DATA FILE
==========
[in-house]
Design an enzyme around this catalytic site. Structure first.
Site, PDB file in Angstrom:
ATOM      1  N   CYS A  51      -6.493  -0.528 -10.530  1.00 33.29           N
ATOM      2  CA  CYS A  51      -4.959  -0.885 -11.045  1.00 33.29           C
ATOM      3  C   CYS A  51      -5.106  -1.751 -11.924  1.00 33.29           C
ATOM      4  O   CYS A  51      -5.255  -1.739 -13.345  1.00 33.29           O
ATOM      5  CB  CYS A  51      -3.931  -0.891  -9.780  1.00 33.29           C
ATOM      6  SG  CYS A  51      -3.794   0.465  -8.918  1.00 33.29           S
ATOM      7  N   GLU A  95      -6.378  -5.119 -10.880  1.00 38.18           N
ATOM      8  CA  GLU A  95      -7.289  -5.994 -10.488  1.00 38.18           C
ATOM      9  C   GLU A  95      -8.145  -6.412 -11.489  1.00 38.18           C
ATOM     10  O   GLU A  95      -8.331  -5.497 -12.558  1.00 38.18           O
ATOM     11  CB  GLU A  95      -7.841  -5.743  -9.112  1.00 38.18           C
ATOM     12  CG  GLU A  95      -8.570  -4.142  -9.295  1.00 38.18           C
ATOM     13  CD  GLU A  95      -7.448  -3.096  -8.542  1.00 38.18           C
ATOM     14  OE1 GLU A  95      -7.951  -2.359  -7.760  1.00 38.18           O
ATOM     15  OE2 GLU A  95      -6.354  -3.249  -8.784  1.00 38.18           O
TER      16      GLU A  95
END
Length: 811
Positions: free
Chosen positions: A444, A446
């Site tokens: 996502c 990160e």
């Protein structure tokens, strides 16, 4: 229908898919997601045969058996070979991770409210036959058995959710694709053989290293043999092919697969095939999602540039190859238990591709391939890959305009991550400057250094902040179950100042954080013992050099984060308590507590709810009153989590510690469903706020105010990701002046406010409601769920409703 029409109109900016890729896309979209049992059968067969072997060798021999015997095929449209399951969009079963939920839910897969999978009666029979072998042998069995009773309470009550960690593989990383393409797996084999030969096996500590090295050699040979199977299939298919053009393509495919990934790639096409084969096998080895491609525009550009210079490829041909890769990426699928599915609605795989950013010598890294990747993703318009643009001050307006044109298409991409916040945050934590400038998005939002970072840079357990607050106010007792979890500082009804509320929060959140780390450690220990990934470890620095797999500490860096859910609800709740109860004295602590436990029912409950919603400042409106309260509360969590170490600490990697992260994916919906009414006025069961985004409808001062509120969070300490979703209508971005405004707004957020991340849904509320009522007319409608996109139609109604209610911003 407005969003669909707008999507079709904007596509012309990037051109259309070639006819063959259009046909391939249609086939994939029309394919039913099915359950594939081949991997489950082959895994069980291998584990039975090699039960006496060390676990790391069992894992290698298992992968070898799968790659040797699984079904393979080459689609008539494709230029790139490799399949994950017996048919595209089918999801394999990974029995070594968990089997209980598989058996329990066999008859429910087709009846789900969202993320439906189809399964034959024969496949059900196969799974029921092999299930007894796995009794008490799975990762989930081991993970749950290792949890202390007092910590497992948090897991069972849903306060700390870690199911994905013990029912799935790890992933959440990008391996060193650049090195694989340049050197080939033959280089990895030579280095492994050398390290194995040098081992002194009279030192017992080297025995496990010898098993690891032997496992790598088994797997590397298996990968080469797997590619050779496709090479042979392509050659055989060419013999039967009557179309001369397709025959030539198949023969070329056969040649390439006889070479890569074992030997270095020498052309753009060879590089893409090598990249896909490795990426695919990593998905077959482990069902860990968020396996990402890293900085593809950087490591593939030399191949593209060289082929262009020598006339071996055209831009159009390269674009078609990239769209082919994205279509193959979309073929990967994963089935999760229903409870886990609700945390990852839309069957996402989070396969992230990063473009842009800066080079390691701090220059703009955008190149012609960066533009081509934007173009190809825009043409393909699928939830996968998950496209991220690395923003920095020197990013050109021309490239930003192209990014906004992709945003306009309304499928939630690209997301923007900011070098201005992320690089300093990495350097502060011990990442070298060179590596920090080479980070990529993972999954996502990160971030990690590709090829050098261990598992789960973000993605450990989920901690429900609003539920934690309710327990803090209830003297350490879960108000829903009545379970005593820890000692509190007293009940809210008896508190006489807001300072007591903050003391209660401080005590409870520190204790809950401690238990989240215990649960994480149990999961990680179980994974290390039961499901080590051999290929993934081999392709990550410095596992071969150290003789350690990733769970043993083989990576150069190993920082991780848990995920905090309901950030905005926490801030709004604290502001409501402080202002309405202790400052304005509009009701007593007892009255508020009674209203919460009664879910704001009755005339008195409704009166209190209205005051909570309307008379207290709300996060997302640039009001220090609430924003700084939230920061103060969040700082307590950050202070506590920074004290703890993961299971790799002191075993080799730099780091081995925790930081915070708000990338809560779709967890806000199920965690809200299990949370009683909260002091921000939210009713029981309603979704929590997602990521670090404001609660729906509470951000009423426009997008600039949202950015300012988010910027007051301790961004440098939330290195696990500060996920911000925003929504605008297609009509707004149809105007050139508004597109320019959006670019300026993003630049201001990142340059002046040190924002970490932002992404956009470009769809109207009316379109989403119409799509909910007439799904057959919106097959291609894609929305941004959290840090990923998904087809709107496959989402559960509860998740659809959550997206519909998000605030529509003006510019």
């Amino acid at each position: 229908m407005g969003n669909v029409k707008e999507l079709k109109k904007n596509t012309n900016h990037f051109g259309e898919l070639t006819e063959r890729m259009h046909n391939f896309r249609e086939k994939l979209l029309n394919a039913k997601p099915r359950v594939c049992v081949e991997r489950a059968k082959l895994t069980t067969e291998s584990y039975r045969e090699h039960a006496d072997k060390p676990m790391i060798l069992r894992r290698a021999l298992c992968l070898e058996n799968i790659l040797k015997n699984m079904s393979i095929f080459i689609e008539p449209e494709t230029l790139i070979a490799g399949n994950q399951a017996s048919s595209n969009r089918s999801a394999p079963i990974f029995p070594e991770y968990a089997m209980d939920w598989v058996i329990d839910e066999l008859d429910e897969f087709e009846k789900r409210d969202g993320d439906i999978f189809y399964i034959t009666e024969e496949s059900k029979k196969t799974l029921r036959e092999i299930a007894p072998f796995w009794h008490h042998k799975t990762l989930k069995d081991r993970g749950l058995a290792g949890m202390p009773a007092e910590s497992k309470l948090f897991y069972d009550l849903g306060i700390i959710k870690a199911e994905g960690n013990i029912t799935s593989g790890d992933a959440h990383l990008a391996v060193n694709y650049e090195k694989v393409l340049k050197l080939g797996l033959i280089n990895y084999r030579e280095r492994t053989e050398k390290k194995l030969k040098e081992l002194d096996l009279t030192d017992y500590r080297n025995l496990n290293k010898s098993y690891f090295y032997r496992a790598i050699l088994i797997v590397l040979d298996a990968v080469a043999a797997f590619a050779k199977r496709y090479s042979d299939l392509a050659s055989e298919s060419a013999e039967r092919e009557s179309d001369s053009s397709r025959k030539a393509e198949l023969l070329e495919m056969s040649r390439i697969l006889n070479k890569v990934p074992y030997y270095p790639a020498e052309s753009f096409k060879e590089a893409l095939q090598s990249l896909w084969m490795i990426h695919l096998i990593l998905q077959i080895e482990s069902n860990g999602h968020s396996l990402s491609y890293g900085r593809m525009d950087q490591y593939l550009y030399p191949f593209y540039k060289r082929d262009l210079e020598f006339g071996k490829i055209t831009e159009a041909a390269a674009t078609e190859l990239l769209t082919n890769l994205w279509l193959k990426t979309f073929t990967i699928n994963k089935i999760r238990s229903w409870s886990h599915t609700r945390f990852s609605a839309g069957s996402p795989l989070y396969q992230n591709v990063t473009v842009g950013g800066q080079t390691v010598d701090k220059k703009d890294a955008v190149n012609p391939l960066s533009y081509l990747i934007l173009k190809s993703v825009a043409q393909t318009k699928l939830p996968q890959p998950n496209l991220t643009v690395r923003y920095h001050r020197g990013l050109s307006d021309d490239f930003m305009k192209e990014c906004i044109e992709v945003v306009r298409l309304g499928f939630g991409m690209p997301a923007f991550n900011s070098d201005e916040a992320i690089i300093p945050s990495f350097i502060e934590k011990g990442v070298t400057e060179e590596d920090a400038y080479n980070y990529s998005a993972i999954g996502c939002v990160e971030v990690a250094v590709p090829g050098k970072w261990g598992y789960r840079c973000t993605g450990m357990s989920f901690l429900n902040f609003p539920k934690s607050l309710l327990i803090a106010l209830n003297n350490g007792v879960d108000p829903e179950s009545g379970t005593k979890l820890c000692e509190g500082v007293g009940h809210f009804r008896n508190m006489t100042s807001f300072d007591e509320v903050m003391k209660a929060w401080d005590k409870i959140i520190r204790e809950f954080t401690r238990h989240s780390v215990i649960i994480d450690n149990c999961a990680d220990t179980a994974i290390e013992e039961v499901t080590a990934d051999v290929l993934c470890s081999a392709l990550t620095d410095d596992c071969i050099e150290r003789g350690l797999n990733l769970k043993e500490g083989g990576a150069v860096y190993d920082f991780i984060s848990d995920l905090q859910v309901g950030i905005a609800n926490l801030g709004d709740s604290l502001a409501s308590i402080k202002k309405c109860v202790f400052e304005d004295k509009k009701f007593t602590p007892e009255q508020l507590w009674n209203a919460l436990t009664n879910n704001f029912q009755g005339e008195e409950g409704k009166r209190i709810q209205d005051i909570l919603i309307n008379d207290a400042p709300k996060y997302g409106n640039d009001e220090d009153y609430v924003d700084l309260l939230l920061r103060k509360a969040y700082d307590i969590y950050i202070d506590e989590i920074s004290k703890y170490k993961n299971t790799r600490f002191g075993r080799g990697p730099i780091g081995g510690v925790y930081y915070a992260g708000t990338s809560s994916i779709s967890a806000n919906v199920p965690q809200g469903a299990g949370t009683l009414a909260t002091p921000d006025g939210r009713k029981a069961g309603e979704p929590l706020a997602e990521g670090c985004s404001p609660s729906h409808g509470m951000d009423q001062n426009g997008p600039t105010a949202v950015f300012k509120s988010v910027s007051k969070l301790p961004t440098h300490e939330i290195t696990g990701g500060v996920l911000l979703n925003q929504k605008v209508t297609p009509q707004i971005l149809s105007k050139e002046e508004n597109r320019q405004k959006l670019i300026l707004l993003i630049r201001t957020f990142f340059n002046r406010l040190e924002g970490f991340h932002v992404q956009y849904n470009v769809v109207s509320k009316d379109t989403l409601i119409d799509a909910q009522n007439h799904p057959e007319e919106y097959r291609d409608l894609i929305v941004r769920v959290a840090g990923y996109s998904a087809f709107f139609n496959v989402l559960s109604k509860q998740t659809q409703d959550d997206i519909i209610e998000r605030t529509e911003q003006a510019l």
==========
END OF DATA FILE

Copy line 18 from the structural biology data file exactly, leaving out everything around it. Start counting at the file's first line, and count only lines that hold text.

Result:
ATOM     15  OE2 GLU A  95      -6.354  -3.249  -8.784  1.00 38.18           O